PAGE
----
China gold purchased in the second quarter of 2013 has hit new highs. China's gold demand more than doubled from a year earlier to 385.5 metric tons in the second quarter. The figure was 20% higher than the record set in the first quarter. These purchases were powered by Chinese consumers, with female buyers known as damas a major factor.
By CHUIN-WEI YAP
August 12, 2013, 10:49 a.m. ET
The Wall Street Journal
BEIJING—Chinese buyers flocked to jewelry stores in the second quarter to send China's gold purchases to a new high, according to Chinese figures, demonstrating the growing market power of customers such as Zhu Di.
The 45-year-old Ms. Zhu, who also goes by Judy, saw gold's 23% drop in U.S. markets during the April-June quarter and decided it was a time to buy. "I've always paid attention to gold prices," she said as she shopped recently at a jewelry store off Beijing's eastern Dongzhimen hub. "I pay attention not only to Chinese gold prices but also U.S. gold prices."
China's gold demand more than doubled from a year earlier to 385.5 metric tons in the second quarter, according to calculations by The Wall Street Journal based on figures released on Monday by the state-backed China Gold Association. The figure was 20% higher than the record set in the first quarter.
Analysts say the purchases were powered by Chinese consumers, with female buyers known as damas a major factor. Dama, which means something akin to "big mama" in Chinese, conjures in China an image of a middle-aged woman who keeps a tight grip on the family purse and an eagle eye on gold prices in jewelry shops. Analysts say such consumers have helped stabilize prices at a time when investors globally have shed gold as the price of bullion has fallen.
"Without the strong Chinese physical demand, I think gold prices would likely be trading at a much lower price now," said Phillip Futures analyst Joyce Liu.
Albert Cheng, managing director for the Far East for the World Gold Council, also cited Chinese retail as helping to set a floor on gold prices during an 8% plunge in April. "Chinese retail consumers have a very strong affinity toward gold," he said in a recent email. The council is set to report its own second-quarter figures on Thursday, which don't always match official Chinese figures but generally show similar trends.
In China, lower-end gold retailers woo retail consumers with low prices and a sales pitch of buying gold as a way to store value. That can be an attractive argument in a country where the stock market is still well below its highs of five years ago and the government limits other investment options.
Nobody keeps figures on damas themselves, but they are the most visible segment of the Chinese retail gold-buying public.
"Older consumers—women—definitely took up a larger proportion of consumers in the gold rush," said Jiao Guangyi, deputy general manager of the All Love All Life gold store in Beijing. "They hadn't seen such prices in a long time so it was a big draw for jewelry and investment gold buyers." Mr. Jiao said dama-driven sales at his store more than doubled in mid-April from a typical month.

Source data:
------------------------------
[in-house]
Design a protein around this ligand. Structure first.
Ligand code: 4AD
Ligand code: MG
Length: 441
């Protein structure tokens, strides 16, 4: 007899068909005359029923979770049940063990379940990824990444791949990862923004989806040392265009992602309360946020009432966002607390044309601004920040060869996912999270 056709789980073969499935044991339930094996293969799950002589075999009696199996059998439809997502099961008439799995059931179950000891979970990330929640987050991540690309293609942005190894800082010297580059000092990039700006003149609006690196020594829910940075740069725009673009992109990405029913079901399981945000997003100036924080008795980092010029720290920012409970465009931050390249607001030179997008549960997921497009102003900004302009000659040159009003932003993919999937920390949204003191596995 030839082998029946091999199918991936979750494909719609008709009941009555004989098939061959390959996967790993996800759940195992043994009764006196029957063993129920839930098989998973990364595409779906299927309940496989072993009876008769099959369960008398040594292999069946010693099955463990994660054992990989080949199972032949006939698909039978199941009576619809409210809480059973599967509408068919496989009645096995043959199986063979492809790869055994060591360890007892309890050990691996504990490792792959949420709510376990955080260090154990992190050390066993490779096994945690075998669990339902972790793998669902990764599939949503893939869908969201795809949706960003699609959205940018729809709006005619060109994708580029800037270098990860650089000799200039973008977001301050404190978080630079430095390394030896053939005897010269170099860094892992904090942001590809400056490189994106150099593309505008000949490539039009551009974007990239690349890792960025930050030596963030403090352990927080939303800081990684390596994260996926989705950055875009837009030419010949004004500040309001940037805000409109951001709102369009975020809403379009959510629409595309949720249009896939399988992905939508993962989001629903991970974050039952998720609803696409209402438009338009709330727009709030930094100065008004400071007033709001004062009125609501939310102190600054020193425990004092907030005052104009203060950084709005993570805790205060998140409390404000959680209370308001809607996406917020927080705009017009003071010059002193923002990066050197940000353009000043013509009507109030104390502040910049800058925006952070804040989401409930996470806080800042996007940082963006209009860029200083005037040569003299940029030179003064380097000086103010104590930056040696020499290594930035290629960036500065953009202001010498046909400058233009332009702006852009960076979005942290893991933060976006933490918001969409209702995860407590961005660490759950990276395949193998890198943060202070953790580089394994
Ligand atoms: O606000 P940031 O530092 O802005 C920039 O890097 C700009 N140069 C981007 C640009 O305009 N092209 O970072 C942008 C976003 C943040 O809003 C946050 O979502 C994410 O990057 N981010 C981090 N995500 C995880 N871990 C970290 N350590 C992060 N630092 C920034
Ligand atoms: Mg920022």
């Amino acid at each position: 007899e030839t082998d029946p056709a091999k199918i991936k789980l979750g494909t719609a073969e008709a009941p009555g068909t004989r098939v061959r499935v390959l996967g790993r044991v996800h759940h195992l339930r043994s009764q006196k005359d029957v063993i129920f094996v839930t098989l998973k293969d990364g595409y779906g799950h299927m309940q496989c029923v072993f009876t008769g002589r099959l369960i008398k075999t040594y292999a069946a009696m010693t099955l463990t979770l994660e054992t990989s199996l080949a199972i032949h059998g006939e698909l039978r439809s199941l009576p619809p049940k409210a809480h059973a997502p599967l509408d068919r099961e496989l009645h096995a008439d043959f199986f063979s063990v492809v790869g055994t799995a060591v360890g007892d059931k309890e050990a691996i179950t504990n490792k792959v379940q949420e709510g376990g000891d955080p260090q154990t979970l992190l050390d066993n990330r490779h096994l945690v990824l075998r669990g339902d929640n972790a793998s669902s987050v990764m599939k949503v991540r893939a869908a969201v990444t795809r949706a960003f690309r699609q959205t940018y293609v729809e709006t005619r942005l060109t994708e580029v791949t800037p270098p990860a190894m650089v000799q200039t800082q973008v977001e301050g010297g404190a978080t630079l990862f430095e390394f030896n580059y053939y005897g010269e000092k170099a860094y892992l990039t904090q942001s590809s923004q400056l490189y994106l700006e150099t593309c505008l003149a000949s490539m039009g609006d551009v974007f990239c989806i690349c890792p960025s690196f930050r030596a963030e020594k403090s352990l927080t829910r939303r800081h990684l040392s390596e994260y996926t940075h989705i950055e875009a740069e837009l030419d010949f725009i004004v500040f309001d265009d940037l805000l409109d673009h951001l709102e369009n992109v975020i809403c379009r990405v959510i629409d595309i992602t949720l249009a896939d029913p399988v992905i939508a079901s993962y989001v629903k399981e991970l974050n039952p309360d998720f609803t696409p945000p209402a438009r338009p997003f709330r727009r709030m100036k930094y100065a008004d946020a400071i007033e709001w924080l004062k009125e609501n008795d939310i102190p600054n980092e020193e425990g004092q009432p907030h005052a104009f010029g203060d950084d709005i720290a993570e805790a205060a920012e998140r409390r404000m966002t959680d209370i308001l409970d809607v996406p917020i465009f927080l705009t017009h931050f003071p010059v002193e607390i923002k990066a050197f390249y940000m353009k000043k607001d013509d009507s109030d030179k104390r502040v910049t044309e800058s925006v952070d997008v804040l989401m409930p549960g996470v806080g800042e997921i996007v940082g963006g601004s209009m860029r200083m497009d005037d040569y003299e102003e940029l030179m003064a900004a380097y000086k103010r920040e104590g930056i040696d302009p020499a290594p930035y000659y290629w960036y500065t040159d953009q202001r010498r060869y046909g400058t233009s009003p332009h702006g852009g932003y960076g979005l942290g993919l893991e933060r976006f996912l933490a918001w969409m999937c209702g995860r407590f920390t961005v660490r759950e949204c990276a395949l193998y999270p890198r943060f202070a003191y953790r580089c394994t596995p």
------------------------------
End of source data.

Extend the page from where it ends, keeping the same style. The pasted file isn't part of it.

One of them was Xie Xiaoying, who was shopping for a gift to commemorate the her brother's infant's first month, a traditional Chinese rite of passage. But she held back on a purchase, calculating that gold would go still lower. "If the price is 220 or 250 yuan [US$36 to US$41 a gram], more gold buyers would come out," she said.
The market, which is intensely watched in China, has also drawn scrutiny. China's top economic-planning agency said last month it was investigating whether retail gold prices in the city of Shanghai were manipulated by jewelry shops to keep them in a narrow range. On Monday, officials fined five Chinese firms a combined 10.6 million yuan ($1.7 million).
China's rising purchases could help it win sought-after price-setting power in the gold markets, an initiative it has pursued by widening trading hours and giving commercial banks greater ability to trade. China is the world's largest gold producer but local prices usually take their cue from U.S. and European markets. Following global market prices, spot-gold prices in China have fallen to their lowest levels in three years, shedding 20% from the start of the year to reach 266 yuan a gram Monday, according to the Shanghai Gold Exchange.
That price equates to about $1,232 an ounce. Mid-morning Monday in New York, gold futures were trading at $1,340 an ounce, up $27.80.
Damas generally frequent budget markets, but higher-end retailers have also seen an impact. Analysts say they likely played a role in boosting Hong Kong's Chow Tai Fook Jewellery Group Ltd.'s 1929.HK +0.81% first-quarter earnings. The company announced last month a 48% rise in first-quarter same-store sales, with sales of gold products jumping 78%
"We are seeing a lot more of them," said Li Ying, a deputy store manager at a branch of Chow Tai Fook in eastern Beijing.
It's difficult to speak for all of China's damas. But those interviewed suggested gold's worst is yet to come. "When it gets to 230 yuan, I will start to look," said Ouyang Liying, a 50-year-old electronics saleswoman in Shanghai. "That's what I would call a good price."
At Beijing's Caishikou Department Store, the capital's premier outlet where damas thronged for golden bling on a rainy weekday, the sales force has its finger firmly on the pulse of damas' tastes. "We do notice that the damas prefer thicker gold necklaces, so we make recommendations according to their preference," said a marketing department supervisor.
Some are holding out for a better bargain. Ms. Zhu, of Beijing, who sports a small gold Buddha on her gold necklace, believes gold will fall by an additional 30 to 50 yuan "but not much more."
"Then I'll come back and buy," she said.
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